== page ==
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updated: 9/3/2012 9:14 PM

Proposed Kane County pay hikes may hinge on financial forecasts

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Despite a couple weeks of debate about raises and bonuses for nonunion Kane County employees, officials showed last week they don't know if there is enough money to do either.

But a tug-of-war over money for salaries may ensue even if county officials can dig up the extra cash.

A proposal to give nonunion county employees a 2 percent bonus at the end of this fiscal year has been on the table for about two weeks. It pairs with a plan for permanent 2 percent salary increases for those same employees in the 2013 budget.

But with no finance director to make projections on how much money the county will have at the end of the year or in 2013, officials don't yet know if they have the cash to back up either of those proposals. Most nonunion staff haven't received a raise since 2008.

Even before the bonus and raise plan, some county departments have been vocal about low salaries creating a revolving door of employees. The Kane County state's attorney's office, Public Defender's Office and the Information Technology Department have asked for raises separate from -- but not necessarily exclusive of -- the proposed bonuses and 2013 raises.

Finance Committee Chairman Jim Mitchell's plan does not include state's attorney employees among the workers receiving 2 percent bonuses. Even without them, the proposed pay hikes and bonuses would cost about $846,000.

Kane County State's Attorney Joe McMahon pushed for a $13,000 increase to the starting salaries of his assistants months ago. That proposal alone would cost about $446,000.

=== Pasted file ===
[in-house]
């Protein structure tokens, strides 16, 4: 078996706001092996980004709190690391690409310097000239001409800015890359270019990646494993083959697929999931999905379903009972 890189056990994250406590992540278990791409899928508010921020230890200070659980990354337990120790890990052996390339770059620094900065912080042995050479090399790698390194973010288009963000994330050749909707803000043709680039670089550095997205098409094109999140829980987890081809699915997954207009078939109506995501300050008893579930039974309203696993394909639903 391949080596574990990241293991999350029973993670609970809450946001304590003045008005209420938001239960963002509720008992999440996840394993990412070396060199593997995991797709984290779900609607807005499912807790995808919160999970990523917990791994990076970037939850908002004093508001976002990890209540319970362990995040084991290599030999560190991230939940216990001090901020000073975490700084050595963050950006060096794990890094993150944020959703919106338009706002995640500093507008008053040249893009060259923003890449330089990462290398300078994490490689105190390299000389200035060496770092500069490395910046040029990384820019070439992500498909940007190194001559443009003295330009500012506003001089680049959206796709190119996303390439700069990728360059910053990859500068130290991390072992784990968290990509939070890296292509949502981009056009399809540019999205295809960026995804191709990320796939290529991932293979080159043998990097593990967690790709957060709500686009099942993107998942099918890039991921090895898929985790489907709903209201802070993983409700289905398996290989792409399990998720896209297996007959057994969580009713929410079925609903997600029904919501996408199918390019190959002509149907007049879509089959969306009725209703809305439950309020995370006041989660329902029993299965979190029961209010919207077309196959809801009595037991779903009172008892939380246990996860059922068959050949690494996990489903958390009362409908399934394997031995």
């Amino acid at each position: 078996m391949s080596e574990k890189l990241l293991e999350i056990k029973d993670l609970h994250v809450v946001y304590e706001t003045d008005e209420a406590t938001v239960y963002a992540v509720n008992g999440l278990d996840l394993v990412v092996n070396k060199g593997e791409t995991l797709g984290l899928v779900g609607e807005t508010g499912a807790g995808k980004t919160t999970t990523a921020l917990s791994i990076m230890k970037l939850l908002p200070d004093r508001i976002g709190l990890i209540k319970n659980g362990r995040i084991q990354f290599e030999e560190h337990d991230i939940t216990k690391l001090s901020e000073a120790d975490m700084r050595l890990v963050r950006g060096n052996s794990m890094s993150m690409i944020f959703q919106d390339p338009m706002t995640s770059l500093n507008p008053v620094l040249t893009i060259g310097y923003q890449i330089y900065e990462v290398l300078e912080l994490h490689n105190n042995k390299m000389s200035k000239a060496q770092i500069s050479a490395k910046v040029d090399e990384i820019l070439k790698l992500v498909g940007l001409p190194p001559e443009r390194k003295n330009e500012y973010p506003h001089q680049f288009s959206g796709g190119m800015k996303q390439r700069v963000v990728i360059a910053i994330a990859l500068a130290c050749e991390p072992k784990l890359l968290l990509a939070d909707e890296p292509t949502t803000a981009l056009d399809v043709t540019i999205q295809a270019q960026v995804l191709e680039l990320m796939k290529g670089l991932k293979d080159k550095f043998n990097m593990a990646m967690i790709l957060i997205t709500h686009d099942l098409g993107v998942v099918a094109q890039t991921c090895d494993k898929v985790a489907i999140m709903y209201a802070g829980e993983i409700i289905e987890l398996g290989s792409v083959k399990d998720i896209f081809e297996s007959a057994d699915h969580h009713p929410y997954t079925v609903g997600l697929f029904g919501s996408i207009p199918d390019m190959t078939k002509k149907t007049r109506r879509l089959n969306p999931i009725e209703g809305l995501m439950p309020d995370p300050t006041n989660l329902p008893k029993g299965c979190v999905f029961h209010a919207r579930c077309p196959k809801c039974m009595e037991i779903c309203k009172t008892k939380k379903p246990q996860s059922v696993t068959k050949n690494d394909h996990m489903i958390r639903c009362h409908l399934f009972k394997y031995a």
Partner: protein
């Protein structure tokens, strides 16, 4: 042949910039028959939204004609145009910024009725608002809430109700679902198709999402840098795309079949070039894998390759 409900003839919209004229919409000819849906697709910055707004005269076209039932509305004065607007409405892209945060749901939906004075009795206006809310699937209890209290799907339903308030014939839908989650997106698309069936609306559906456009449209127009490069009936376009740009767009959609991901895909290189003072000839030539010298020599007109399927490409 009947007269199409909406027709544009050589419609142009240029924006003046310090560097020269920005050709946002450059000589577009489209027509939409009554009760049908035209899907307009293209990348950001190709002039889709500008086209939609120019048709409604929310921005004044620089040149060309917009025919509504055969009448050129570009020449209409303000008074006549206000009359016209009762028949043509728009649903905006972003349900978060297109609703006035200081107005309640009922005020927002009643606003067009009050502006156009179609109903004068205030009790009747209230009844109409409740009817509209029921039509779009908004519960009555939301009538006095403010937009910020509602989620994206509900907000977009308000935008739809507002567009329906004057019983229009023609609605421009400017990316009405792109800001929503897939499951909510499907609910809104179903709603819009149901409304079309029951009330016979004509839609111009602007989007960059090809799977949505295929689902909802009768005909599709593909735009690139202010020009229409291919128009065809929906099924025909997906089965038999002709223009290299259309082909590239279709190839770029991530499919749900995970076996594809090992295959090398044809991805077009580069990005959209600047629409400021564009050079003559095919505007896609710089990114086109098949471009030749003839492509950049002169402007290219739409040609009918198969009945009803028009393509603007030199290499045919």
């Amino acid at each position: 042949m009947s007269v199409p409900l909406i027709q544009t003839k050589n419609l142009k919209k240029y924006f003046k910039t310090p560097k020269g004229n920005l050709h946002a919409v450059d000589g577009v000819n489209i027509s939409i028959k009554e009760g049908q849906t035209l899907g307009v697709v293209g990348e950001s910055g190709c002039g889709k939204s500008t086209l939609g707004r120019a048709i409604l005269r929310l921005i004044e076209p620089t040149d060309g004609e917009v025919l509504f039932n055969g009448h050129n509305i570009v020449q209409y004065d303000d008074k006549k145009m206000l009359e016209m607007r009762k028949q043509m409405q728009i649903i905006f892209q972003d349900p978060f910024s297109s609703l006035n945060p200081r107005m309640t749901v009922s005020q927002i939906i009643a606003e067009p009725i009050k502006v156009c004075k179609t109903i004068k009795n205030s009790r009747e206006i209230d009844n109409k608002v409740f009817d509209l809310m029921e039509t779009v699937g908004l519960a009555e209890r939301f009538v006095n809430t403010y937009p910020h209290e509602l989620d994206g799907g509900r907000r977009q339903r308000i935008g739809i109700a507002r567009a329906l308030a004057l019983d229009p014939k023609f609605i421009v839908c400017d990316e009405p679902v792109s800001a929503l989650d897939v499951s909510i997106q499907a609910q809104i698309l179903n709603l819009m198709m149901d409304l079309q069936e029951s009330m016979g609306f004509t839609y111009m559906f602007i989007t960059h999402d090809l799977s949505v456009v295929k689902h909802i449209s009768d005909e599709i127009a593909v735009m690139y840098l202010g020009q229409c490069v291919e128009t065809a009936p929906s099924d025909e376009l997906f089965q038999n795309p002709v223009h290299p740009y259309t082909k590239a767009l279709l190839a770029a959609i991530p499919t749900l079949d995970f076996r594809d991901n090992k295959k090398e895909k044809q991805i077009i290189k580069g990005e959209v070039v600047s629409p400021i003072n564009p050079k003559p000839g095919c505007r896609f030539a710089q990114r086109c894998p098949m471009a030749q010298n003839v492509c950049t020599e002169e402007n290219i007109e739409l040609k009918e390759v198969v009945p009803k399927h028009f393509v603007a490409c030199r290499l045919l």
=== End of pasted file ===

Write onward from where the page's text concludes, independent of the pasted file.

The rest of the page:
Information Technology Department staff want to give out merit raises of up to 3 percent. The raises, which would be given this year, would add $40,000 to the budget. Carrying those raises over to 2013 adds $80,000 to the proposal.

The cost of proposed raises for public defender's staff has never been fully delineated. Public Defender Kelli Childress has said she'd like her assistants have starting salaries of about $53,000, an increase of about $13,000.

County board members said they want to deal with the raises and bonuses as supplemental proposals to the overall county budget. Departments are being asked to present flat budgets that eat the cost of increases to health and dental benefits. From there, each department with any expenses beyond the dollars received this year will create a priority list for county board members to consider.

Meanwhile, the consultant the board hired to create end-of-year and 2013 revenue projects should have forecasts in the next couple weeks. That will allow the board to know how much money it has to fund any salary bumps.

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